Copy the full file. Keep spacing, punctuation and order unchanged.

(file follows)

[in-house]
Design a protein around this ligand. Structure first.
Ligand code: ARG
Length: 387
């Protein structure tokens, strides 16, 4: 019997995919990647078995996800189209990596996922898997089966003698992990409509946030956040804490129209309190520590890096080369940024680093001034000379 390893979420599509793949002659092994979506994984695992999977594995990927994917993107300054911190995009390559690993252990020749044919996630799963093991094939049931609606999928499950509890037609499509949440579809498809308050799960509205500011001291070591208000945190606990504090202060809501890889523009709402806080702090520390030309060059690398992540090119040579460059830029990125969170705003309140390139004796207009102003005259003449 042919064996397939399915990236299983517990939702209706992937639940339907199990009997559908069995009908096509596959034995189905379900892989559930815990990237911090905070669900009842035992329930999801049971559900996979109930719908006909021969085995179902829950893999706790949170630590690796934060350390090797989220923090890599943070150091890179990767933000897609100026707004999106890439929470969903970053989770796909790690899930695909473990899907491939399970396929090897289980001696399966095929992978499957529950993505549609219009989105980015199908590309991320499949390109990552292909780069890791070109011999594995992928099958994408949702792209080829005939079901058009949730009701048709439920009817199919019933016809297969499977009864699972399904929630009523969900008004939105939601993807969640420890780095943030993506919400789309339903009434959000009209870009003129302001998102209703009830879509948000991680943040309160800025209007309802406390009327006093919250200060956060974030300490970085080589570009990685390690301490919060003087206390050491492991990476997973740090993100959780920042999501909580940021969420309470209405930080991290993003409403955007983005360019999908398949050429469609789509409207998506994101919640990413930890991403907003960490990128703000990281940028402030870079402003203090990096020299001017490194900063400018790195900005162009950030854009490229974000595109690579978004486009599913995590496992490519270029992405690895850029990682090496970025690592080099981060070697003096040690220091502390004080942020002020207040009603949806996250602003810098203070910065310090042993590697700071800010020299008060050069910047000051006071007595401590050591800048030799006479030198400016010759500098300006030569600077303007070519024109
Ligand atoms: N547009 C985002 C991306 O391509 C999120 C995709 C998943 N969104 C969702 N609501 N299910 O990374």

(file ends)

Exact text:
[in-house]
Design a protein around this ligand. Structure first.
Ligand code: ARG
Length: 387
């Protein structure tokens, strides 16, 4: 019997995919990647078995996800189209990596996922898997089966003698992990409509946030956040804490129209309190520590890096080369940024680093001034000379 390893979420599509793949002659092994979506994984695992999977594995990927994917993107300054911190995009390559690993252990020749044919996630799963093991094939049931609606999928499950509890037609499509949440579809498809308050799960509205500011001291070591208000945190606990504090202060809501890889523009709402806080702090520390030309060059690398992540090119040579460059830029990125969170705003309140390139004796207009102003005259003449 042919064996397939399915990236299983517990939702209706992937639940339907199990009997559908069995009908096509596959034995189905379900892989559930815990990237911090905070669900009842035992329930999801049971559900996979109930719908006909021969085995179902829950893999706790949170630590690796934060350390090797989220923090890599943070150091890179990767933000897609100026707004999106890439929470969903970053989770796909790690899930695909473990899907491939399970396929090897289980001696399966095929992978499957529950993505549609219009989105980015199908590309991320499949390109990552292909780069890791070109011999594995992928099958994408949702792209080829005939079901058009949730009701048709439920009817199919019933016809297969499977009864699972399904929630009523969900008004939105939601993807969640420890780095943030993506919400789309339903009434959000009209870009003129302001998102209703009830879509948000991680943040309160800025209007309802406390009327006093919250200060956060974030300490970085080589570009990685390690301490919060003087206390050491492991990476997973740090993100959780920042999501909580940021969420309470209405930080991290993003409403955007983005360019999908398949050429469609789509409207998506994101919640990413930890991403907003960490990128703000990281940028402030870079402003203090990096020299001017490194900063400018790195900005162009950030854009490229974000595109690579978004486009599913995590496992490519270029992405690895850029990682090496970025690592080099981060070697003096040690220091502390004080942020002020207040009603949806996250602003810098203070910065310090042993590697700071800010020299008060050069910047000051006071007595401590050591800048030799006479030198400016010759500098300006030569600077303007070519024109
Ligand atoms: N547009 C985002 C991306 O391509 C999120 C995709 C998943 N969104 C969702 N609501 N299910 O990374």